Translator: M. Ouellette


The daughter of a Mexican mother and German father, Frida Kahlo was born in Coyoacán, Mexico on July 7, 1910.

She attended the Escuela Normal de Maestros and graduated from the Escuela Nacional Preparatoria. She dreamed of becoming a doctor until a terrible accident destroyed her body, forcing her to lay in bed for many months and receive painful treatments, causing her to stop studying medicine.

In the midst of her dramatic convalescence, her iron will and attachment to life led her to become extensively self-taught in the arts and the mysteries of painting. She became an artist and took advantage of her knowledge to teach classes at the Escuela de Artes Plásticas in spite of her physical limitations.

Her first exhibitions demonstrated her talent, which she continued to develop and which culminated in a magnificent work, turning her into one of the most famous painters of her type worldwide.

She impressed upon her work all the pain, feeling, and sensitivity that characterized her life. The memory of Frida is inextricably linked to the great muralist Diego Rivera, who was her husband, lover, confidant, and greatest critic and admirer. In spite of a tempestuous marital relationship, art united them until the end of her life, on July 13, 1954.

This month, Mexico pays homage to those who hold a seat of honor in the plastic arts of the 20th century. I am also joining in this commemoration since Frida was a source of inspiration and presence in my patchwork art.

Frida Kahlo narrated her life through painted images. The painting of this great artist is like no one else’s. As Diego Rivera, her husband, pointed out one day, she “is the only example of the history of art, of someone who tore open her breast and heart to tell the biological truth of what she feels in them.”

Most of her work is unknown; it is held in private collections and by friends. The value of it grows each day.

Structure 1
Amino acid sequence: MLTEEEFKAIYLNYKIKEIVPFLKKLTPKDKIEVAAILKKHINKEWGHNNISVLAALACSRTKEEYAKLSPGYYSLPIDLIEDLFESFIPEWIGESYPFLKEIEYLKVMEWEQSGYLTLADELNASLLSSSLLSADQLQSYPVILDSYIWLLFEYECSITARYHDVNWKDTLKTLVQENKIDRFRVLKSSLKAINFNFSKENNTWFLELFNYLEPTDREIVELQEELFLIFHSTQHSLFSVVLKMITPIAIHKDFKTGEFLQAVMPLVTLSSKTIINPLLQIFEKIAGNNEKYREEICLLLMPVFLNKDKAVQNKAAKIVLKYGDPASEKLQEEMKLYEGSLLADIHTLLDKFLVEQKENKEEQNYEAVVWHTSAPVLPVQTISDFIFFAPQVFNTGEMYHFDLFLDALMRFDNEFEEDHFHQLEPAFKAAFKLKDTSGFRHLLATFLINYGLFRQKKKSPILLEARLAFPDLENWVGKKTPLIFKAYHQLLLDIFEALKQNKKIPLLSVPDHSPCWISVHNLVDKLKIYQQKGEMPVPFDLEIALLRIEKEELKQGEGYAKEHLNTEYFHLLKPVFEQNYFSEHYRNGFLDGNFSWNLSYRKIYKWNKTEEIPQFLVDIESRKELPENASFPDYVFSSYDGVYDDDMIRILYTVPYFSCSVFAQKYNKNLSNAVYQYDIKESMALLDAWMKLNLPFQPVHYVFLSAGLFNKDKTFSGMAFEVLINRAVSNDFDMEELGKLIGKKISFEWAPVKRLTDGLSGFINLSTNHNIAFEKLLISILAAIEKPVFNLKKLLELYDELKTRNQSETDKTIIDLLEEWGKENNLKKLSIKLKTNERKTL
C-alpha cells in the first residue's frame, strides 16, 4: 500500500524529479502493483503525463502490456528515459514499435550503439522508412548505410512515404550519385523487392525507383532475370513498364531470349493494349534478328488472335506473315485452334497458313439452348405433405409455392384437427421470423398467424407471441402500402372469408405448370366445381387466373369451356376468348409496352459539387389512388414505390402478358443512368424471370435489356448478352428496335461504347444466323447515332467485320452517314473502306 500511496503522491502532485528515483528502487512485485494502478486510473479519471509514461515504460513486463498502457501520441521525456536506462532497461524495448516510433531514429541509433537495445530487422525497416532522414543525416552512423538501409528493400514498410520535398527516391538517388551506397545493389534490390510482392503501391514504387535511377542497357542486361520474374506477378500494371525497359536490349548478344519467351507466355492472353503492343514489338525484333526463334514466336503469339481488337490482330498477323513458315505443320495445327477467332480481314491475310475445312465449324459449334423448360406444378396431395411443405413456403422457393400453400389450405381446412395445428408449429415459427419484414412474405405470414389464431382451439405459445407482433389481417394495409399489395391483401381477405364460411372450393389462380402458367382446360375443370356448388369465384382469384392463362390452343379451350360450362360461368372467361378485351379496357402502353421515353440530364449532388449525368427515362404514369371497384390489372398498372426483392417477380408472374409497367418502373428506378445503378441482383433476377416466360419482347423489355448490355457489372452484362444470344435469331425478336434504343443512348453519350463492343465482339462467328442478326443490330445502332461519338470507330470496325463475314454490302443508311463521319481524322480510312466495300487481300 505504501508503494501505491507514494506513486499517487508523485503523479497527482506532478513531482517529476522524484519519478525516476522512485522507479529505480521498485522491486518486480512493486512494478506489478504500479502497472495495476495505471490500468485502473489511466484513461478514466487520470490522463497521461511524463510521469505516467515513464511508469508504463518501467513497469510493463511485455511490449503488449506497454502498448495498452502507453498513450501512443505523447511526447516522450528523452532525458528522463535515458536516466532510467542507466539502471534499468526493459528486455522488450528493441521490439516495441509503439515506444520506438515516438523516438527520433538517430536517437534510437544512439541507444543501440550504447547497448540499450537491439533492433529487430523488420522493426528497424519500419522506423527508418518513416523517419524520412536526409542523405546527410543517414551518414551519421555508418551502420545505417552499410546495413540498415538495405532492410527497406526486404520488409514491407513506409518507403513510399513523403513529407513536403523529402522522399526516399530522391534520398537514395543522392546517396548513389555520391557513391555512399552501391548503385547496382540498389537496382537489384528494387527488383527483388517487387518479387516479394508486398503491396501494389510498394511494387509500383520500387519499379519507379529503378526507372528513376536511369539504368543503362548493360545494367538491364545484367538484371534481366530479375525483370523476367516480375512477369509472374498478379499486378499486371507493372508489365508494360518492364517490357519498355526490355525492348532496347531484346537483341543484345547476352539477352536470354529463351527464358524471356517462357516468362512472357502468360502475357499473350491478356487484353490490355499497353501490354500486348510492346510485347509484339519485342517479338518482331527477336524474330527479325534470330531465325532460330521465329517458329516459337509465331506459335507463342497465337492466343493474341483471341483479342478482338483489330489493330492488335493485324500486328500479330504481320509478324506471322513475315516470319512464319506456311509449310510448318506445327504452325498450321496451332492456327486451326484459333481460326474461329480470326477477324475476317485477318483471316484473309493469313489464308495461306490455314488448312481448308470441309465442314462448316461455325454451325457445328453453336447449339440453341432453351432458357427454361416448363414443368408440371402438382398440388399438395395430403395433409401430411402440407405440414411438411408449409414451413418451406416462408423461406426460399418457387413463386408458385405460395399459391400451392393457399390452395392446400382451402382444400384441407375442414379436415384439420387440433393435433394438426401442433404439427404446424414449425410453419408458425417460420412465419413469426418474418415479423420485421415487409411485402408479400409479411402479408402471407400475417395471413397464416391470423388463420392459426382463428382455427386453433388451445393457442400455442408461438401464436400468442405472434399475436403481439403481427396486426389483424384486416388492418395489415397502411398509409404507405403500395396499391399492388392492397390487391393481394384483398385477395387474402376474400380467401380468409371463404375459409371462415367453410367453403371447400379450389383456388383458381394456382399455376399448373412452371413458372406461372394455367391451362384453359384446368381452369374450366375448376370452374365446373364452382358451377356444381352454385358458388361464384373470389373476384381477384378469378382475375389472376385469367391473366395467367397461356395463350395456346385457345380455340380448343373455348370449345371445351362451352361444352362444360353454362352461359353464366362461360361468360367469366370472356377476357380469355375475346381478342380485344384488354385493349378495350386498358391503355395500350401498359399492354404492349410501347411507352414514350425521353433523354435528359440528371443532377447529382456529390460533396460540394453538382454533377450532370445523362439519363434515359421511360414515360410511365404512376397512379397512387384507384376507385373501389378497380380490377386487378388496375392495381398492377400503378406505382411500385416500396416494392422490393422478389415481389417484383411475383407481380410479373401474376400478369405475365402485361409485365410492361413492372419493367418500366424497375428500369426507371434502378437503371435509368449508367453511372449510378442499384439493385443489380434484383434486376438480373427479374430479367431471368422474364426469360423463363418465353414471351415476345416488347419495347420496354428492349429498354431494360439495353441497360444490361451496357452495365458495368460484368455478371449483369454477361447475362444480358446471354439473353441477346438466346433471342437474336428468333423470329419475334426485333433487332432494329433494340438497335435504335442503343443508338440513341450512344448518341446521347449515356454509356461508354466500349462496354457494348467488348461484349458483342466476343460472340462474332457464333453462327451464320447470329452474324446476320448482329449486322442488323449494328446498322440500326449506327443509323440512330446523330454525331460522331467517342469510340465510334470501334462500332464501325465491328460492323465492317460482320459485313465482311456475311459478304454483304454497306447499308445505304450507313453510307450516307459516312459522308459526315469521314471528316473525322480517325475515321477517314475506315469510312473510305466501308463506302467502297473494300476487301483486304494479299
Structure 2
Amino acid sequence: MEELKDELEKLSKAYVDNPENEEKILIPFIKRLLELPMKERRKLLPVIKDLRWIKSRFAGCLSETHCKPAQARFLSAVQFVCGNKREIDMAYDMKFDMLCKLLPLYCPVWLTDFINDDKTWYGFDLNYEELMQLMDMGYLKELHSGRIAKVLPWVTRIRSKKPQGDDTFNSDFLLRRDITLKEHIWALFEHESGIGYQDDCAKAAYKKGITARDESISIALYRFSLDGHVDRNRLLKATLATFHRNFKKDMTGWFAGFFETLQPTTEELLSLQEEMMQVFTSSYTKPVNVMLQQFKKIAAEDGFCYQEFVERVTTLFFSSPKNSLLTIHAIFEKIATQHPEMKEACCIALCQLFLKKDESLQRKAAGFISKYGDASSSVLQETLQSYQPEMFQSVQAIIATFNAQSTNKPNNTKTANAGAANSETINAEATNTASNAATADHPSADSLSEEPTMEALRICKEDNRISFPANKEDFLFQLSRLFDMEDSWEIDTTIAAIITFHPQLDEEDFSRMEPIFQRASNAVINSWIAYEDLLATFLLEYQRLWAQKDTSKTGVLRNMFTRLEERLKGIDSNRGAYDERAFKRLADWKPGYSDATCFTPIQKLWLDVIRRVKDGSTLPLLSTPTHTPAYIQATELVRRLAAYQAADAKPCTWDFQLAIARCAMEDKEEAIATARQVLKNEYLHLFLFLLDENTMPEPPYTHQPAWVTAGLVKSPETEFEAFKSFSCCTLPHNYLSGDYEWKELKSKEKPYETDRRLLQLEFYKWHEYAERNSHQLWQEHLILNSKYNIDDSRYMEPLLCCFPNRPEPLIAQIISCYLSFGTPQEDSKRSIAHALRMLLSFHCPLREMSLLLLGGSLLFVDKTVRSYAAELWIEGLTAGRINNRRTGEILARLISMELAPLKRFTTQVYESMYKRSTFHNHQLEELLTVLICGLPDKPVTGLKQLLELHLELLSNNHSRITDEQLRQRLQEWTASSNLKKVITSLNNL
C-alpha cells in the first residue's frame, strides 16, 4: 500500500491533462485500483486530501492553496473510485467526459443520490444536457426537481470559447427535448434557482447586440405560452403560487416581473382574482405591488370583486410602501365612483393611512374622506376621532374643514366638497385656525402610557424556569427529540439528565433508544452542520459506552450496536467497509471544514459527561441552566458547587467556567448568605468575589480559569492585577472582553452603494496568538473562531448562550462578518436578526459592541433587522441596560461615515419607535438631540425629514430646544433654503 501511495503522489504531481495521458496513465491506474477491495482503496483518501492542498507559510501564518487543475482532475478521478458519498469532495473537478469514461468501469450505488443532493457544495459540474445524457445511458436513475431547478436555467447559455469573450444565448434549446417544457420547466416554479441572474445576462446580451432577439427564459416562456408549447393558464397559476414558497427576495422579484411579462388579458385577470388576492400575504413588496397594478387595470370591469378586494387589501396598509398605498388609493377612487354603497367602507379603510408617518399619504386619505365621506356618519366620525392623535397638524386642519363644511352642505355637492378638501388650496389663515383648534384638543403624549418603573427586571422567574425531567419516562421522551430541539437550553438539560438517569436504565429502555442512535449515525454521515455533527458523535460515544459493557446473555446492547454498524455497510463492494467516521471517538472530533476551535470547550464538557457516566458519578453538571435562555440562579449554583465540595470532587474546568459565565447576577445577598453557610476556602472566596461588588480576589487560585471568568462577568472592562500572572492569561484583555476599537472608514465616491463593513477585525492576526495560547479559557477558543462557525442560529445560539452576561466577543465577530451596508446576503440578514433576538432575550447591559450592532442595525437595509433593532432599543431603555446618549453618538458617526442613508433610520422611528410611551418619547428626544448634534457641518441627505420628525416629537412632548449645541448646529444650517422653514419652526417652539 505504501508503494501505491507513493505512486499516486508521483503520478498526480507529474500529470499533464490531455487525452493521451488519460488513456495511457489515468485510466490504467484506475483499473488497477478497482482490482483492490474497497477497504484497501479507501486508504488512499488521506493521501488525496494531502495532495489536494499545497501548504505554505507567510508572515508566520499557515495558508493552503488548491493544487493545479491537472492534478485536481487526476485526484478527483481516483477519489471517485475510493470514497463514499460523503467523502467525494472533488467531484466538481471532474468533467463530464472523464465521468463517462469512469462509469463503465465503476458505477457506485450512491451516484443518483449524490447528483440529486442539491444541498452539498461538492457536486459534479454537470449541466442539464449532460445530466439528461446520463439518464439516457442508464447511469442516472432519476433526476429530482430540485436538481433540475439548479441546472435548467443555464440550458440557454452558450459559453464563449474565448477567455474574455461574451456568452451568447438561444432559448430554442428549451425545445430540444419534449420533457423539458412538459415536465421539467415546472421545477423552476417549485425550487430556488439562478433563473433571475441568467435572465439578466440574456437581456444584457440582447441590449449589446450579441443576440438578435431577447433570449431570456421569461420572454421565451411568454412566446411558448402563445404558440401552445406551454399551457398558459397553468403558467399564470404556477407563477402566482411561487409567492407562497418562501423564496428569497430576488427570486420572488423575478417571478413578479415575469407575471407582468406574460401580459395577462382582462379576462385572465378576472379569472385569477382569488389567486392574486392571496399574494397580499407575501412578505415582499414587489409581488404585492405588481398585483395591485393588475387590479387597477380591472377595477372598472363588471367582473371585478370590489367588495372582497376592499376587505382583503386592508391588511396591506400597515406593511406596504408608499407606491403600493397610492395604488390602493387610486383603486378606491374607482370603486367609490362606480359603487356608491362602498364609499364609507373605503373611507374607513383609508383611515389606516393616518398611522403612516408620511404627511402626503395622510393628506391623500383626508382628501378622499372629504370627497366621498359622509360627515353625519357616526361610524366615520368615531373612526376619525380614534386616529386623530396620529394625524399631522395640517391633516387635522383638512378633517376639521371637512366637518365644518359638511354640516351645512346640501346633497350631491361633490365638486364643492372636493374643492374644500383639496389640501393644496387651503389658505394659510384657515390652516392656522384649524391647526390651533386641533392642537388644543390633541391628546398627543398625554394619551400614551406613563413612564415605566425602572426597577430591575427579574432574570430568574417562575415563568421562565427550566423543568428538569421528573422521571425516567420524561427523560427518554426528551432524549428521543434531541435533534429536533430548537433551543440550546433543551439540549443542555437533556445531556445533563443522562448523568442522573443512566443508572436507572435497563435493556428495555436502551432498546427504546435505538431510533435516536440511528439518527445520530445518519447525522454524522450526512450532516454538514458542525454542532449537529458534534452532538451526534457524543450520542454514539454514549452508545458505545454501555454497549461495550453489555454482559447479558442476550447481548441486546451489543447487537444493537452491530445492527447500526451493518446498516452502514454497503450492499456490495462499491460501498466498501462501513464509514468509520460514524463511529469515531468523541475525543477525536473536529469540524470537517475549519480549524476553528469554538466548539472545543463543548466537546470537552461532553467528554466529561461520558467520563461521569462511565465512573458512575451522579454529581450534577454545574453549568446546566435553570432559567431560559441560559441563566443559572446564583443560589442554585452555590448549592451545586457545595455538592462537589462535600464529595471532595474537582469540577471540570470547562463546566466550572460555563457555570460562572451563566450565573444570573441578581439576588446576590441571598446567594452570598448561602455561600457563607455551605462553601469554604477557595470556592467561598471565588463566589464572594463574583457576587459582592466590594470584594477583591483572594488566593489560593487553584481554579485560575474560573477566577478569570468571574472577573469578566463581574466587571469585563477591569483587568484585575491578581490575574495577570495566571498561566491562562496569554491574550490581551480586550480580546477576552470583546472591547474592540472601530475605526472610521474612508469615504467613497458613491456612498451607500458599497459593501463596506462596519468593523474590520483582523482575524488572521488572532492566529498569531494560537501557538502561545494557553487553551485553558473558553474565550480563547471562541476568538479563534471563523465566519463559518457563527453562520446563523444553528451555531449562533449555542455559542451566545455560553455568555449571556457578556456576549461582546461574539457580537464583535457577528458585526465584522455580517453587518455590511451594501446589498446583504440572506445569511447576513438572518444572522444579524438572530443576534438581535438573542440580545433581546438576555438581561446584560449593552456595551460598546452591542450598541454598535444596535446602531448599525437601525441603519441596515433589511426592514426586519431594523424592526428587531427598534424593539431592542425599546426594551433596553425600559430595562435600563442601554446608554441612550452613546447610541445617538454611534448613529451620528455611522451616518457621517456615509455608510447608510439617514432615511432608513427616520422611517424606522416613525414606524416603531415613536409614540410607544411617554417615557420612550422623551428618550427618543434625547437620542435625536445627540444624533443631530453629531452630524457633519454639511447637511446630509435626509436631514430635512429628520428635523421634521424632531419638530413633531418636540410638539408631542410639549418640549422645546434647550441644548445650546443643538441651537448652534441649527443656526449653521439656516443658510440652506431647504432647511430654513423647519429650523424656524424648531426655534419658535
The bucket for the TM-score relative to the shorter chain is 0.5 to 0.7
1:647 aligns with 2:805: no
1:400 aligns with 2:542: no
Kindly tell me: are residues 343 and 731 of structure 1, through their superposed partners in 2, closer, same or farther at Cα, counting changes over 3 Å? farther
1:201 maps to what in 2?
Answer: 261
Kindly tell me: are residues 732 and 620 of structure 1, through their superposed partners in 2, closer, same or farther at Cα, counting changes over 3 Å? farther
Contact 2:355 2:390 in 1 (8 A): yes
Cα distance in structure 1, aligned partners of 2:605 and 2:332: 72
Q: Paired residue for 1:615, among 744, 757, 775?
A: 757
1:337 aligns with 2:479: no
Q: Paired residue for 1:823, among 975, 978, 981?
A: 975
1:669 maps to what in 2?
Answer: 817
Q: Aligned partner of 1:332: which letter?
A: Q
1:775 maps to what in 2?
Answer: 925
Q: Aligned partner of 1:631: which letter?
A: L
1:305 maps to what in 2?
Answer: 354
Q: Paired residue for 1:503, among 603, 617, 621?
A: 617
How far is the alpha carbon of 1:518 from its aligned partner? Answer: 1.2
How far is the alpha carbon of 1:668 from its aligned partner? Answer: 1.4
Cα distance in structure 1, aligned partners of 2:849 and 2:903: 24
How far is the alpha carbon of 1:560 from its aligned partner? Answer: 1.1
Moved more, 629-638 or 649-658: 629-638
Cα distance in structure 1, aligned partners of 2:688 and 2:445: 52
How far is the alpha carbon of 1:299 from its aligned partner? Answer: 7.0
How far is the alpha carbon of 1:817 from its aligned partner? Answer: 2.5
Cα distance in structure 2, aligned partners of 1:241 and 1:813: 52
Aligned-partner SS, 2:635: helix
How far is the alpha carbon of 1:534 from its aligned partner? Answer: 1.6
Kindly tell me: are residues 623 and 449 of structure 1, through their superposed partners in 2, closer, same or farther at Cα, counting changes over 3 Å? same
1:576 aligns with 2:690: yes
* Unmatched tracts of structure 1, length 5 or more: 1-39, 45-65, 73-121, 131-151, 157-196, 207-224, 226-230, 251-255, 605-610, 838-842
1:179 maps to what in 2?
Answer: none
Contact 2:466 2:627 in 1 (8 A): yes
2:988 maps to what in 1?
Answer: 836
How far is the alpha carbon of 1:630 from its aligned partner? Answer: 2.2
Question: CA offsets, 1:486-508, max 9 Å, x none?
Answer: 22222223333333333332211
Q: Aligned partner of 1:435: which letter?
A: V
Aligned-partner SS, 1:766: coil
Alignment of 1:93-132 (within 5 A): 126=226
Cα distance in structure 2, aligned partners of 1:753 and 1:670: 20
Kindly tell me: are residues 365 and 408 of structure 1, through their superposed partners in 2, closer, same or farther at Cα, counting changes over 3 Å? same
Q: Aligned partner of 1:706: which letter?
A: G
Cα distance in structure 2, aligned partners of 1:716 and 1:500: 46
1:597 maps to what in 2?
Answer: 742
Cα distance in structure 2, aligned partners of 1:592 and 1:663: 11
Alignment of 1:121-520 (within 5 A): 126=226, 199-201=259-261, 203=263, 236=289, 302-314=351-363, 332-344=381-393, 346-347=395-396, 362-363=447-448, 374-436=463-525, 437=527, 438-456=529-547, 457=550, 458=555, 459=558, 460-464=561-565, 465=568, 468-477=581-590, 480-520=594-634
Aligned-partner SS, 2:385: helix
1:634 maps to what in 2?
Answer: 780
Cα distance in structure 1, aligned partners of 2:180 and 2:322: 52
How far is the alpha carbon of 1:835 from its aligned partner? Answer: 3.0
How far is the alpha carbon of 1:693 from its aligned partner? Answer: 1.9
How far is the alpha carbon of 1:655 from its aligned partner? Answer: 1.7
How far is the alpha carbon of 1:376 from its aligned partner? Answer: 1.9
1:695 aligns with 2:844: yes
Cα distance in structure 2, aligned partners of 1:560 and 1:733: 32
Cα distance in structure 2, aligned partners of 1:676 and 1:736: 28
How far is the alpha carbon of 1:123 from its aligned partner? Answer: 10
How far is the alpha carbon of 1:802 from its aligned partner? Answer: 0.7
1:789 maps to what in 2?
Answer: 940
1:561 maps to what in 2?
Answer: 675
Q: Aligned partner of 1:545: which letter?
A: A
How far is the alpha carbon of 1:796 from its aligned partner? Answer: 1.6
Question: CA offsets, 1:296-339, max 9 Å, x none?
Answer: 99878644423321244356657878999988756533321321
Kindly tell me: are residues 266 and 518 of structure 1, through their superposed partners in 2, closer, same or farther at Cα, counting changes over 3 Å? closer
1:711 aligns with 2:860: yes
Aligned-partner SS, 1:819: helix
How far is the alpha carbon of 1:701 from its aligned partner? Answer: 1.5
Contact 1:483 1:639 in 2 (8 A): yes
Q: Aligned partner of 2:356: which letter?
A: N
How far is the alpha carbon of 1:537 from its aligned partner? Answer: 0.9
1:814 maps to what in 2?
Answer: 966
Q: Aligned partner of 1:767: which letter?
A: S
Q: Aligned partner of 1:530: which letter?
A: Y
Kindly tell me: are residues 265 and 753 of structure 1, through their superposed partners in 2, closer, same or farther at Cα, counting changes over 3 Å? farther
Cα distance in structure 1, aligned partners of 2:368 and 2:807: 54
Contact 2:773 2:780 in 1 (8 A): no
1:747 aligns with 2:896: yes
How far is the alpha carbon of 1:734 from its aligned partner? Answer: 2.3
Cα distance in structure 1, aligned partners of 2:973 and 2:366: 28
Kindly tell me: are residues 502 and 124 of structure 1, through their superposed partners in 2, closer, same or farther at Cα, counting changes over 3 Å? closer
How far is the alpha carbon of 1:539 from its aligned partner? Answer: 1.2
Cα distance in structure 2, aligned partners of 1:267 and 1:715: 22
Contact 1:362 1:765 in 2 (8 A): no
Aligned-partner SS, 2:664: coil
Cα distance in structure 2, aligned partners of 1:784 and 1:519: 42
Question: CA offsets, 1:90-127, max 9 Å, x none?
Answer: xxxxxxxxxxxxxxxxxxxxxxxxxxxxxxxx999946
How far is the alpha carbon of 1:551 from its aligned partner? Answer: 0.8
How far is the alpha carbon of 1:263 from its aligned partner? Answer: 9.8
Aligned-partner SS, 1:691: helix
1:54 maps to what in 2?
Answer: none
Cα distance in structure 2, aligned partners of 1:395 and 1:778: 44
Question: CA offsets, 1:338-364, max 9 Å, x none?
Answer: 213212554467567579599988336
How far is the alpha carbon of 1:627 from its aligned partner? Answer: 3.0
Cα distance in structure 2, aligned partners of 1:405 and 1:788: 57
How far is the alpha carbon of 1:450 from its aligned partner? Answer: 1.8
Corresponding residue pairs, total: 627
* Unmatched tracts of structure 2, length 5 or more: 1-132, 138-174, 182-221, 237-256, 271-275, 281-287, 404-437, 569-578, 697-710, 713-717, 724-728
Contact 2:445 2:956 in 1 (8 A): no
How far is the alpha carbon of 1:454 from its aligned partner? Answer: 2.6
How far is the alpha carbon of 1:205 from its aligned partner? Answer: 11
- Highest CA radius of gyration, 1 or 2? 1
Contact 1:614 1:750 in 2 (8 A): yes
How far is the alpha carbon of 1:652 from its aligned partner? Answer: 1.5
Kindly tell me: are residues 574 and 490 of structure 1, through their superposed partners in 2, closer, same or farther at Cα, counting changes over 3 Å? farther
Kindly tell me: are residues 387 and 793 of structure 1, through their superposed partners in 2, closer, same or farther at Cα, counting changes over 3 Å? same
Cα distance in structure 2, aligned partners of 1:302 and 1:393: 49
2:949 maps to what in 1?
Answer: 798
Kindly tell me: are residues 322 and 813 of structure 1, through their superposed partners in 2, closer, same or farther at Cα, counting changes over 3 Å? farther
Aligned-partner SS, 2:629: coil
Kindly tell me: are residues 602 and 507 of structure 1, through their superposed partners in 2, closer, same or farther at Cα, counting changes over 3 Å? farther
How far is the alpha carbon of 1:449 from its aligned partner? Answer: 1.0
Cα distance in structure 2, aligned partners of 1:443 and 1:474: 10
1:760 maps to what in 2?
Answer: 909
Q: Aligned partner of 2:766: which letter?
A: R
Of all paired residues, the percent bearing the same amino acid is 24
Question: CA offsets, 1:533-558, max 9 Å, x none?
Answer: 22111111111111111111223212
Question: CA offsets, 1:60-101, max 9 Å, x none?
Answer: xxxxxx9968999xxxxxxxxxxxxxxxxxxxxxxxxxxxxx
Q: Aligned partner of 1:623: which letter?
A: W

Translated by: M. Ouellette

21 July 2014

File photo

A farmer friend of mine, whose name I will keep to myself, was rather confused and astonished by an article published in the newspaper Granma on 21 October of this year, which mentioned the notable decline in the livestock herds in our fields (22,980 head as of the end of August this year) due to theft and the illegal slaughter of animals. He sent me the following verse:

Neither fat, nor skinny, nor crazy.

If you look under your bed,

you’ll find a lost cow.

It’s neither skinny nor fat,

nor running crazy.

Seek it on your patio,

or maybe in the kitchen.

In the belly of your children,

or that of your beloved wife.

There is where it should be,

since they took it away.

You raised it and cared for it

and it’s kept by the State!

Granma also noted that lack of control is the common factor. They say that the lack of personnel to check the herds in distant provinces favors disorder since there are already a number of ranchers that operate freely.

Wouldn’t it be better, as the farmer who sent me his poem said, if we first meet the necessity of bringing this food, which until 1959 was a staple of our diet, to each family’s house? According to CENCOP (Center for livestock control), there are not enough officials to check the more than 26,000 landless livestock owners. From this group comes the increased number of animals loose on the streets or grazing on improper land, exposed to accidents or provoking them, as if inviting crime.

Translated by: M. Ouellette

November 17 2011

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